12-25-88 Seven Golden Women Against 2-07 (1967) Mickey Hargitay, Luciana Paoli
01-01-89 28 Minutes for 3 Million Dollars (1967) Richard Harrison, Claudio Biava
01-08-89 Crime Story (1968) Stan Cooper, Helga Line
01-15-89 Who Killed the Prosecutor and Why? (1972) Lou Castel
01-22-89 The Trojan War (1962) Steve Reeves, John Drew Barrymore
01-29-89 Eyes Behind The Stars (1978) Martin Balsam, Nathalie Delon
02-05-89 Night of Hate (1973) Anita Ekberg, Tomas Milian
02-12-89 Mafia Vs. Ninja (1984) Alexander Lou, Silvio Azzolini
02-19-89 The Red Sheik (1973) Channing Pollock
02-26-89 Robin Hood, Arrow, Beans and Karate (1976) Alan Steel
03-05-89 For a Book of Dollars (1973) Lincoln Tate
03-12-89 Caesar the Conqueror (1960) Cameron Mitchell, Rik Battaglia
03-19-89 Gun Shy Piluk (1968) Edmond Purdom
03-26-89 Hot Diamonds in Cold Blood (1968) Richard Harrison
04-02-89 Electra One (1968) George Martin, Vivi Bach
04-09-89 Trinity and Sartana (1972) Robert Widmark
04-16-89 Beautiful But Dangerous (1955) Gina Lollobrigida, Vittorio Gassman
04-23-89 Superargo Vs. Diabolicus (1968) Ken Wood, Gerard Tichy
04-30-89 No Graves on Boot Hill (1969) Ken Wood, Craig Hill
05-07-89 Eyes Behind The Stars (1978) Martin Balsam, Nathalie Delon
05-14-89 The Red Sheik (1973) Channing Pollock
05-21-89 The Trojan War (1962) Steve Reeves, John Drew Barrymore
05-28-89 Mafia Vs. Ninja (1984) Alexander Lou, Silvio Azzolini
06-04-89 Jesse and Lester, Two Brothers (1975) Richard Harrison
06-11-89 No Graves on Boot Hill (1969) Ken Wood, Craig Hill
06-18-89 Shoot Joe and Shoot Again (1972) Richard Harrison
06-25-89 How To Win a Billion and Get Away With It (1966) Ray Danton, Edmond Purdom
07-02-89 28 Minutes for 3 Million Dollars (1967) Richard Harrison, Claudio Biava
07-09-89 Crime Story (1968) Stan Cooper, Helga Line
07-16-89 Who Killed the Prosecutor and Why? (1972) Lou Castel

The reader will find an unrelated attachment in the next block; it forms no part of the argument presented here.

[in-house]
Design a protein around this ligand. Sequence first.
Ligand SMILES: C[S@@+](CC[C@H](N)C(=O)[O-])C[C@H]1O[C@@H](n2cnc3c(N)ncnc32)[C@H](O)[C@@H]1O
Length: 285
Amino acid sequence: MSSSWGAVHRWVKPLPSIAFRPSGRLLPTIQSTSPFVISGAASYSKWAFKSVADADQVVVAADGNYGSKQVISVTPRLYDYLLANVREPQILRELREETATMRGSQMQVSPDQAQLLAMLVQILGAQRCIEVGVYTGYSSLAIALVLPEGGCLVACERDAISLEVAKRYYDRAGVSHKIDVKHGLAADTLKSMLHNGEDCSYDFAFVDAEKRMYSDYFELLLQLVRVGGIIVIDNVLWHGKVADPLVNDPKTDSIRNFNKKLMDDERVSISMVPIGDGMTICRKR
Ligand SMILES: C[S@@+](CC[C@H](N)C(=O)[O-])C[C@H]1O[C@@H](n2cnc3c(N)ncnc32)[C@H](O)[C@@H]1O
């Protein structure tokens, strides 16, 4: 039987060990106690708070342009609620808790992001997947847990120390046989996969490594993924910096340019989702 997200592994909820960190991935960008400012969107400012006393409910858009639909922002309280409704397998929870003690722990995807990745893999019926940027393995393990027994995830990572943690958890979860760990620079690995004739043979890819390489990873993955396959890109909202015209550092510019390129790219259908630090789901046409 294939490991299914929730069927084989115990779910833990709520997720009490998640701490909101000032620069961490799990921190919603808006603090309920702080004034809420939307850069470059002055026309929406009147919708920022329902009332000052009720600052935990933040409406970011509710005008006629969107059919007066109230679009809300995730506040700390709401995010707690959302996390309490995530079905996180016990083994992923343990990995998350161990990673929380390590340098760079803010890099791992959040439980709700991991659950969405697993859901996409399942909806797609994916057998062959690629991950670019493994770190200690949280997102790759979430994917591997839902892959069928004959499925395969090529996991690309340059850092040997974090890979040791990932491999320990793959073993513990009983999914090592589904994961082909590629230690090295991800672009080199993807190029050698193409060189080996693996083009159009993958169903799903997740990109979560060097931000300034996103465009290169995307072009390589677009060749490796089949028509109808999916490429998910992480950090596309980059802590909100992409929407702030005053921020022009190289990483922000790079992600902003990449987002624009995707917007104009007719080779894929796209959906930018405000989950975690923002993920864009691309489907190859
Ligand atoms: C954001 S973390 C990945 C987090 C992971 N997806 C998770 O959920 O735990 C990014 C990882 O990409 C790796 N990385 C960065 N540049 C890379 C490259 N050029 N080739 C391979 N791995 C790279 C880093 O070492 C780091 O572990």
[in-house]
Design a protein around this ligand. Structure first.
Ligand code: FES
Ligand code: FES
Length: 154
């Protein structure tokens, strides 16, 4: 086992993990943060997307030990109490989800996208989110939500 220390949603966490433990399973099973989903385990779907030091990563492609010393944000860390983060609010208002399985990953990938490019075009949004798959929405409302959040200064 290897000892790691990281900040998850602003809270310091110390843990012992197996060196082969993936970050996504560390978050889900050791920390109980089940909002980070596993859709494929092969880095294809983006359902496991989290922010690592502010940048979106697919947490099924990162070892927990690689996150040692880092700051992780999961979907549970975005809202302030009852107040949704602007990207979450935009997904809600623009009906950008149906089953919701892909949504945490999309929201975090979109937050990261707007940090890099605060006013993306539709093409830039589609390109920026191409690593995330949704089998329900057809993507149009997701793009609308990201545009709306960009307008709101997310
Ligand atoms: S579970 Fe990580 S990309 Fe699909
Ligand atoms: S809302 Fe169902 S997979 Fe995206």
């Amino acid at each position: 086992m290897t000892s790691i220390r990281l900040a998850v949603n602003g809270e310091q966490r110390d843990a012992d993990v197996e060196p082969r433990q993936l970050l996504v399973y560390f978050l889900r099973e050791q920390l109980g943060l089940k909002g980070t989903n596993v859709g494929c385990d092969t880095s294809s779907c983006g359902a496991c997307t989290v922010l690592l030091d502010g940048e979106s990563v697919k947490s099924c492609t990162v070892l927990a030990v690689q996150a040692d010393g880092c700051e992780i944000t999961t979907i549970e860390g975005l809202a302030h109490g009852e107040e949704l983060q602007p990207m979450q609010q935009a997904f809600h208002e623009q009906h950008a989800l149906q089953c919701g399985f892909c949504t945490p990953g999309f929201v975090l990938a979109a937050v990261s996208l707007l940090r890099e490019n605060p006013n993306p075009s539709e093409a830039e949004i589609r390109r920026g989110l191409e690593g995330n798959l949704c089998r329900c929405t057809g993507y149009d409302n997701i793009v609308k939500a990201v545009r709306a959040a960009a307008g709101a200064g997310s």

07-23-89 The Trojan War (1962) Steve Reeves, John Drew Barrymore
07-30-89 Seven Golden Women Against 2-07 (1967) Mickey Hargitay, Luciana Paoli
08-06-89 The Red Sheik (1973) Channing Pollock
08-13-89 Robin Hood, Arrow, Beans and Karate (1976) Alan Steel
08-20-89 Hot Diamonds in Cold Blood (1968) Richard Harrison
08-27-89 Electra One (1968) George Martin, Vivi Bach





4 comments:

  1. Gee, there is such thing as an "80s" look. I never believed the legends to be true.

    The set is lit; it's not just blast-it lighting.

    Content: I like the premise but I'm wondering if I would find it tiring after watching just a show or two. I can imagine "Snicker Theater" flying with university/college students, especially when they're watching it with 'a little help'.

    Thanks for the fun post.

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  2. It's funny. Assuming I had recorded this in attendance while it aired, I would've likely edited out all the 'bits' and commercials on the fly, leaving just the movie intact. And I'm sure a lot of us tapeheads behaved the same way. Now, we want all this stuff back in! The skits and everything else are all part of the package. Sometimes a brain deprived of oxygen, or 'enhanced' by something else adds a dreamlike layer to the already surreal viewing experience. Thanks for the comment!

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  3. A common refrain: Why did I have to cut out all the commercials?!

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  4. I wished someone had invented something like 'peelback' technology, where we could still retrieve what was taped over on our homemade VHS tapes. Imagine, instead of the data being scrambled upon erasure or being taped over, it instead was in layers! Just like you'd remove the paint from a canvas or storefront to see what was painted underneath. I'd resurrect all those nights of The Cats Pajamas that I taped over when I was finished watching them. In our hot youth, we foolishly thought this stuff would be around forever.